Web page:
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I built a Windows 7 HTPC / Media Server. It worked beautifully for a few months, but now it's f-ing up. Any ideas?
February 22, 2011 7:58 PM   Subscribe

I built a Windows 7 HTPC / Media Server. It worked beautifully for a few months, but now it's f-ing up. Any ideas?

Specs:

Win 7 Pro
Athlon X2 250 Regor 3.0 Ghz
BIOSTAR MCP6P nForce 430
MSI GeForce 9400 GT 512
2GB Crucial PC2-6400
500GB system drive, 1.5TB Media storage
Antec Fusion Remote 350

Using Media Center 7 for live TV and DVR, and the Media Browser plugin for....media browsing. MS Security Essentials for antivirus. Running Subsonic, Playon, uTorrent, PeerGuard, Media Center Master, Safe Sync for backup, and Soluto to clean up startup and delay program startups to get to Live TV quickly. That sounds like a lot, but again, it ran beautifully for months. As I type this, I have RAM at 1.02GB used and CPU riding around 30-40% with Live TV playing.

System runs 24/7, with Windows Update, Defrag, and WMC cleanup/updates running nightly.

Within the last couple of weeks we've been getting random WMC crashes (to desktop). Most concerning is occasional bad stuttering/pausing and artifacting of recorded TV. This happens often and affects playback on the HTPC and Xbox360 extender. Overall, there are just more hiccups, etc, and it feels like WinRot. I thought Windows 7 didn't rot...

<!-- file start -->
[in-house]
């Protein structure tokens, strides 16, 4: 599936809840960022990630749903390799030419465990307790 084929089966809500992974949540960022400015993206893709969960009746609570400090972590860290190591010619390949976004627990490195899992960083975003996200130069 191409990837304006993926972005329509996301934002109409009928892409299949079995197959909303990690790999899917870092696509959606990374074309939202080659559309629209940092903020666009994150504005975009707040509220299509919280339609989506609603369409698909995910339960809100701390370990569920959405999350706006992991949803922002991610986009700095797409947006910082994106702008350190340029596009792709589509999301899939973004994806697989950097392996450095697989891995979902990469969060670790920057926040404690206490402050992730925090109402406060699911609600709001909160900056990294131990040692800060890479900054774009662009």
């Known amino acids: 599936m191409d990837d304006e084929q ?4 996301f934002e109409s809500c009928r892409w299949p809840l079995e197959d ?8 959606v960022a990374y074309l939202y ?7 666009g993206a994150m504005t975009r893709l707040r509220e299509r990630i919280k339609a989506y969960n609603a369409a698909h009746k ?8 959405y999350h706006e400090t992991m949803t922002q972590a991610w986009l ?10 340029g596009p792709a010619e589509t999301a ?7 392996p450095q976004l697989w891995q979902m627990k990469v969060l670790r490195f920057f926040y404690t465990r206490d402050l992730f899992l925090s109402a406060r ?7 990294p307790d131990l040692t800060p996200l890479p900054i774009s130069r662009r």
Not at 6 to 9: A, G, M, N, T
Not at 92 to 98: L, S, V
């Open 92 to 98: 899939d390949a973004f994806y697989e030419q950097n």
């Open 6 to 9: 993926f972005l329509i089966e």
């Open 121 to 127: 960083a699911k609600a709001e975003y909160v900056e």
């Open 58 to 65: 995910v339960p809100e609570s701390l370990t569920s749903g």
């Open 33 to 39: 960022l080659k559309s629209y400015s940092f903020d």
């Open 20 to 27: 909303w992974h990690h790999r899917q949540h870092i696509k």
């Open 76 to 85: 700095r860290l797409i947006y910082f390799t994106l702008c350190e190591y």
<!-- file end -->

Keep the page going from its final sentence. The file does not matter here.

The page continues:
Full Disclosure: I (carefully) tweak it quite a bit. But, these symptoms did not begin in correlation with any of my tweaks. I keep a close eye on cpu and memory usage, and even recently uninstalled Windows Live Mesh and replaced it with SafeSync, which seems to have a smaller footprint on average.

Does anyone out there have a similar setup, or any experience with HTPC rot?
posted by bradn to Computers & Internet (11 answers total) 1 user marked this as a favorite
 
That is not enough RAM.
posted by sinfony at 8:26 PM on February 22, 2011 [2 favorites]


Id add more ram personally.
Stupid question, is there adequate cooling? Particularly with it always running.
My only educated guess is that perhaps you are having problems with your video card since you mentioned the issues with artifacts and having trouble with studering. I'd try swapping something in place and try to replicate it.
posted by handbanana at 8:26 PM on February 22, 2011